Dewey had moved in recent weeks to a moratorium on the shift, while owners of the Ruddertowne complex staked their claim to the change of use by applying to convert the entire complex to residential use. And Fenwick Island has also had ongoing discussions of the problem of commercial-to-residential conversions, as well as the future of their dwindling commercial district.

AGDC members hope that requiring commercial use only on the ground floor in Bethany Beach will be a solution everyone finds acceptable. It would potentially preserve the commercial district while allowing for some high-value residential use.

Loose ends and landscaping

The committee also reviewed Schoellkopf’s drawings for alleyway improvements on May 22, pointing to landscaping and screening as key in improving their appearance. The town will consult its public works department as to how to make such aesthetic improvements without impinging upon access to Dumpsters and such.

Dealing with one potential loose end in the guidelines, committee members recommended a permit be required even to paint a commercial structure. Without that permit process, the committee realized, the town would have no way to check whether the property owners were conforming to new guidelines requiring “muted” colors on the bodies of buildings.

Schoellkopf noted it would add some work for the property owners and the town, since they will likely have to submit and have reviewed a sketch of their building, along with paint color samples. But committee members did not want to leave the guideline without enforcement ability.

Committee members were less satisfied with the options available to mesh finished-façade requirements with fire safety issues. With buildings required to be “finished” on all visible sides (no plain concrete block, for example), the possibility of an upper story left unfinished until the neighboring owner built up to that level loomed over the committee. But adding flammable façade materials to what might one day be built over was also troubling.

In the end, they targeted non-flammable finish materials, such as brick and cement shingles, as the option to solve the situation. The cement block prohibition stood, but property owners will be able to find solutions for finishing those side facades until their neighbors build to the same height.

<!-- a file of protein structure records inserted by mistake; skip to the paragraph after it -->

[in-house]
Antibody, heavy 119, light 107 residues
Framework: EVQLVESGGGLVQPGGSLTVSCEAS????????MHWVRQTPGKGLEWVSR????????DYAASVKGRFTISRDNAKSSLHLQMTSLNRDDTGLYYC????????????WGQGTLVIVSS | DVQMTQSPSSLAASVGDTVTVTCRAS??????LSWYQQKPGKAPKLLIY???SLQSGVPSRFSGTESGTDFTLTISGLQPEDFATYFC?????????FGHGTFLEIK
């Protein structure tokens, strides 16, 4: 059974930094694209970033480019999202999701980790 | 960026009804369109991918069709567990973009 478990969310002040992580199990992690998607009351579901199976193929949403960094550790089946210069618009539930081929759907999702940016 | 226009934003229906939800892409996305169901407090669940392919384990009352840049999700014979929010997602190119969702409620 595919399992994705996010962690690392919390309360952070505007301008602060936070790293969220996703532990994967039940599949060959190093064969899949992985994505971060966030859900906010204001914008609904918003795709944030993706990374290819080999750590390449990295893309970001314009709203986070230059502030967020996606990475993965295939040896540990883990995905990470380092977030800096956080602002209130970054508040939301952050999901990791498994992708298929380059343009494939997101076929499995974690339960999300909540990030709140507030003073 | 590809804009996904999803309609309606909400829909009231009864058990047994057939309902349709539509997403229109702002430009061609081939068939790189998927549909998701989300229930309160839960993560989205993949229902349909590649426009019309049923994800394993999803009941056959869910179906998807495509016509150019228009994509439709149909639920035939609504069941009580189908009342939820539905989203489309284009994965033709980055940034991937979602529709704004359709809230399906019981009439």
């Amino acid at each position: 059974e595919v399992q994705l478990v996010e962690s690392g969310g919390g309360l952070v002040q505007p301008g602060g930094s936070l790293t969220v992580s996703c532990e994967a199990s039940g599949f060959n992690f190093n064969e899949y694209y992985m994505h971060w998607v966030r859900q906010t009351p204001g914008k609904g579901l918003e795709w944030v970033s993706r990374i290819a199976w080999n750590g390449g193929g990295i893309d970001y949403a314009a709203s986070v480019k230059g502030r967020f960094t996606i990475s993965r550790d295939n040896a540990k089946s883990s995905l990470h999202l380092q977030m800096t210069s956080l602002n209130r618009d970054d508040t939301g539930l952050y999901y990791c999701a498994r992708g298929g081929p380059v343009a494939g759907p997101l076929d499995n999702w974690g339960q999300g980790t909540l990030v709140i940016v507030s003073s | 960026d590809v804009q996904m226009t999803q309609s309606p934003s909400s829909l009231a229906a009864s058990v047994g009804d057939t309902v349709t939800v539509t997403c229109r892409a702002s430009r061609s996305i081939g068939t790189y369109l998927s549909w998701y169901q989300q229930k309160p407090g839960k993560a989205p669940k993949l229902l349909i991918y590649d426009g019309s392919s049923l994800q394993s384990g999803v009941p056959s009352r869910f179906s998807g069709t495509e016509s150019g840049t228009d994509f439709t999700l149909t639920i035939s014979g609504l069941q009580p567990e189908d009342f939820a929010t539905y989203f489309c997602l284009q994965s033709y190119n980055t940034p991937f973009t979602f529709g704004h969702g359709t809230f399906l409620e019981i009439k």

While overall sign ordinance changes remain on the back burner for future consideration, the committee agreed that some forms of permanent awnings will be allowed. Committee members were also leaning toward allowing “blade” signs, but awaited Schoellkopf’s recommendations on styles and ordinance elements, as well as a legal opinion on whether they can be allowed and where.

C-2 district not quite ignored

Finally, Schoellkopf specifically addressed the C-2 district, on the western side of the town. Council and Committee member Lew Killmer admitted the district had not been a real focus for the committee, which had primarily looked at the C-1 district. Focusing on pedestrian-friendly solution in an area that most people would never walk to had never been suggested — until now.

Schoellkopf initially referred to possible work on a landscaped median for Route 26, but that was shot down with the realization that the Delaware Department of Transportation would need to be involved. Building Inspector John Eckrich noted the idea had previously been floated to the agency. “That’s more a project for 2015,” Graviet said with a laugh.

But Schoellkopf had other ideas for C-2, primarily involving moving parking to the rear of buildings while moving the buildings forward, creating a more customer- and pedestrian-friendly façade from the street. Burbage suggested connected parking lots and what would essentially be a service street connecting them.

Committee members noted the difficulty of getting the entire stretch of property owners to shift in that direction and make a cohesive project, but Schoellkopf said he was confident the project could be done in segments and still be successful. He said he would draw up a sketch for the town’s reference.

The bulk of the work yet to be done on the guidelines will be in drafting and reviewing the zoning ordinances that will put them in place and ensure required and prohibited elements are adhered to in the future. That will involve review by Town Solicitor Terence Jaywork, as well as the usual zoning process — including that eventual public hearing and council vote.

But committee members are hopeful they can keep on the timeline to have the guideline document (some 40 to 50 pages, will illustrations) complete and zoning elements adopted by the time the commercial construction moratorium expires in August.